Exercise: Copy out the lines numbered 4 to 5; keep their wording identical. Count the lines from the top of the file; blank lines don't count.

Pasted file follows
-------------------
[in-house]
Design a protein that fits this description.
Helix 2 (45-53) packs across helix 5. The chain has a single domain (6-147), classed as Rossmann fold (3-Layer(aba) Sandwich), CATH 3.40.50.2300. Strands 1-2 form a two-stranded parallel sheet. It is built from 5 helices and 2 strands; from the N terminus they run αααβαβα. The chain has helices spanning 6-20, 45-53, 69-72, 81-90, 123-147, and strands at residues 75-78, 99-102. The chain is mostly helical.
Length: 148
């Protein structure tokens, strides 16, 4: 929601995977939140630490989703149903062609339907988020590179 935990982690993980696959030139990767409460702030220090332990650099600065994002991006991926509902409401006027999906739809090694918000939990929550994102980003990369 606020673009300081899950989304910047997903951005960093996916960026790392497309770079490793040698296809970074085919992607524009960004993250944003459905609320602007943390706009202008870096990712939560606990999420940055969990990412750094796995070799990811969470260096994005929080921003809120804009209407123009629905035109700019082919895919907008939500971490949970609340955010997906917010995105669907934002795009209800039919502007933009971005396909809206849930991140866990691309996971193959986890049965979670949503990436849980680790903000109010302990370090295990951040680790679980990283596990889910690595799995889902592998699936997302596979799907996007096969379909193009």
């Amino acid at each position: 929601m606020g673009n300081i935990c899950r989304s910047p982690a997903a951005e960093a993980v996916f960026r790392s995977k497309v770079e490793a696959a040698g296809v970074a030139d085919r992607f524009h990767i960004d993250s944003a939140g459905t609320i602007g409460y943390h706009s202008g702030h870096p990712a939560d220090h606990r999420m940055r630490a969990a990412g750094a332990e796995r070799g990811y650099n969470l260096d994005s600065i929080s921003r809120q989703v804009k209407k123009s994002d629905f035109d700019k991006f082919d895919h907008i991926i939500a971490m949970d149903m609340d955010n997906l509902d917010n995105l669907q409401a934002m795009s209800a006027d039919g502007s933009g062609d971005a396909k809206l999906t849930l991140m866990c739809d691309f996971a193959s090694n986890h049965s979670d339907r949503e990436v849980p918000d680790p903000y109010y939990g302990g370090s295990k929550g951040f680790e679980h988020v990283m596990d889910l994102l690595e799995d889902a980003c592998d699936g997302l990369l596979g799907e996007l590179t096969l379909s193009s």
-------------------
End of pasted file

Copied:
Length: 148
């Protein structure tokens, strides 16, 4: 929601995977939140630490989703149903062609339907988020590179 935990982690993980696959030139990767409460702030220090332990650099600065994002991006991926509902409401006027999906739809090694918000939990929550994102980003990369 606020673009300081899950989304910047997903951005960093996916960026790392497309770079490793040698296809970074085919992607524009960004993250944003459905609320602007943390706009202008870096990712939560606990999420940055969990990412750094796995070799990811969470260096994005929080921003809120804009209407123009629905035109700019082919895919907008939500971490949970609340955010997906917010995105669907934002795009209800039919502007933009971005396909809206849930991140866990691309996971193959986890049965979670949503990436849980680790903000109010302990370090295990951040680790679980990283596990889910690595799995889902592998699936997302596979799907996007096969379909193009």